An 'Indian summer' election: realignment and reality
The Historical Dynamics of Realignment YEAR PRESIDENT PARTY FIRST 20 YEARS SECOND 8-16 YEARS Beginning Realignment (Critical Ascendancy) (Erosion and Stalemate) Jefferson DemocraticWon all five of first five1800 Party lines broke Republicanselections (1800-1816),down in 1820s; two by landslides. Republicans won in 1824. 1828 Jackson Democrats Won four of first five Party lines broke down elections (1928-44) in 1850s. three by landslides 1860 Lincoln Republicans Won all five of first fiveCivil war coalition broke elections (1860-76), down in 1870s; three by landslides. Democrats held White House eight years between 1884 and 1896. 1896 McKinley Republicans Won four of first five An exception: The GOP elections (1896-1912), resurged during the two by landslides. 1920s. 1932 Roosevelt Democrats Won all five of first Republicans held White five elections (1932-48) House for 8 of 16 years four by landslides. from 1952 to 1968. 1968 Nixon Republicans Won four of first five Ebb of GOP pattern elections (1968-1984), beginning in 1988-92? three by landslides. SHIRLEY HORN - STAFF
Bluntly put, the realignment rhetoric that has followed Ronald Reagan's reelection landslide greatly exceeds the reality. No United States political realignment began in 1984 (or in 1980, for that matter). And no new conservative springtime is blossoming in the land.
More likely, what we saw on Nov. 6 was something of an ''Indian summer'' election, a last great triumph of a conservative political wave that began in the late 1960s. This year produced not only the fourth Republican presidential victory in five elections, but the fourth landslide rejection of Democratic liberalism. Consider: In 1968, 57 percent of the national vote was cast against the Democratic presidential nominee; in 1972, 61 percent; in 1980, 59 percent; and in 1984, 59 percent. We are talking about a well-established trend, not a new one. And my guess is that the 1984 election constitutes the last of the conservative landslides, not the first in a new era reaching into the 21st century.
History suggests that the US has had major political realignments every 28 to 36 years. Academicians generally agree on the following watershed elections: 1800, when Thomas Jefferson established the Democratic-Republicans; 1828, when Andrew Jackson launched the modern Democratic Party; 1860, when Abraham Lincoln put the new Republican Party in control in Washington; 1896, when William McKinley broke the late-19th-century stalemate and reestablished GOP supremacy; and 1932, when Franklin D. Roosevelt led the Democrats back to majority status.
After the 1964 and '66 elections convinced me that another such upheaval was indeed due in 1968, I began work on a book published in 1969 under the title of ''The Emerging Republican Majority.'' This thesis was promptly shrugged off by political scientists given to citing Democratic dominance of state and local voter registration rolls and elected offices to prove it couldn't possibly be happening.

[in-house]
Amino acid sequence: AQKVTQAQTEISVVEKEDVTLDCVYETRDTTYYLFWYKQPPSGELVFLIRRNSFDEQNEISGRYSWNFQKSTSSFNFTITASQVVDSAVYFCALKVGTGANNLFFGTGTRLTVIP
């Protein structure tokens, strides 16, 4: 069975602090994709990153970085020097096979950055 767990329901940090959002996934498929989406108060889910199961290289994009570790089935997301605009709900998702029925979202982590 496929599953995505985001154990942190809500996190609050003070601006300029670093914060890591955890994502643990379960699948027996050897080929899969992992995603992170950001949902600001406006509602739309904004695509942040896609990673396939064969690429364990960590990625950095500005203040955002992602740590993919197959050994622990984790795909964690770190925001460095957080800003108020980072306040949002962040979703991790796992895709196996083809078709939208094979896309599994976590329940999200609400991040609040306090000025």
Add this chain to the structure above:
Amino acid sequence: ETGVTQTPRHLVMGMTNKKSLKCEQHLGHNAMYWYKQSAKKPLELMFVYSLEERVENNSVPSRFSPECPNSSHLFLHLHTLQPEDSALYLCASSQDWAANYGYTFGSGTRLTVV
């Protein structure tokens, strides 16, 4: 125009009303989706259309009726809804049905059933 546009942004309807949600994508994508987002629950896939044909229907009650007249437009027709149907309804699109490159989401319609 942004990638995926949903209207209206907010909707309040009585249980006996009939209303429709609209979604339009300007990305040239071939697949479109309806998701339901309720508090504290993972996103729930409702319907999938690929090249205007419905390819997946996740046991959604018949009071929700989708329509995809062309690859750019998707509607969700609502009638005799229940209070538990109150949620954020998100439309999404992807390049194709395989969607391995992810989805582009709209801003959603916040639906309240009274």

But a decade and a half later, it has. As of January 1989, when Ronald Reagan's term expires, the Republicans will have held the White House for 16 of the previous 20 years. Landslide-studded sequences like this have always been a hallmark of a major realignment. Or, to restate the phenomenon, each of the realignments cited in the preceding paragraph began with the newly dominant party controlling the White House for 16 or 20 of the first 20 years (see accompanying chart).
Past those first 20 years, however, the party enjoying national majority status begins to lose steam. That happened to the Jeffersonians between 1820 and 1828, and to the Jacksonian coalition between 1848 and 1860. As for Republicans, their Civil War dominance came undone by the late 1870s. Between 1880 and the new watershed election of 1896, they controlled the White House only 8 years out of 16. The next Republican era, lasting from 1896 to 1932, was slightly different. The interrupting Democrats' White House tenure came with the election of 1912 and lasted only through 1920. Then the GOP ruled again through 1932. Finally, the newly empowered Democrats ruled from 1932 to 1952, but thereafter they occupied the White House for only 8 of the 16 years after 1952. Their impetus, too, ran down after its initial New Deal-era surge.
So if we did have a realignment of sorts in 1968 - and the historical evidence seems overwhelming - then a critical question presents itself: Will this GOP presidential era also begin winding down after its first 20 years? Quite conceivably. By such a yardstick, talk about 1984 yielding a new realignment and a new era that will run for decades to come is naive.
For one thing, it's hard to see the GOP with an obvious heir to Reagan in 1988 - or a likely national winner. Division and fratricide seem more likely.
But even more to the point, though, the realignment of 1968 was unique in institutional terms. Instead of a top-to-bottom reshaping of US politics, it promoted unprecedented split-level change - the country shifted to conservatism and Republicanism only on the presidential level, while at the state and local grass roots, Democrats retained a clear supremacy, albeit with some decomposition of party loyalty. In contrast to the results of previous presidential-level realignments, the Republicans have no infrastructure or grass-roots strength to sustain them beyond the exhaustion of Reaganism. By the late 1980s or '90s, politics may well be quite different.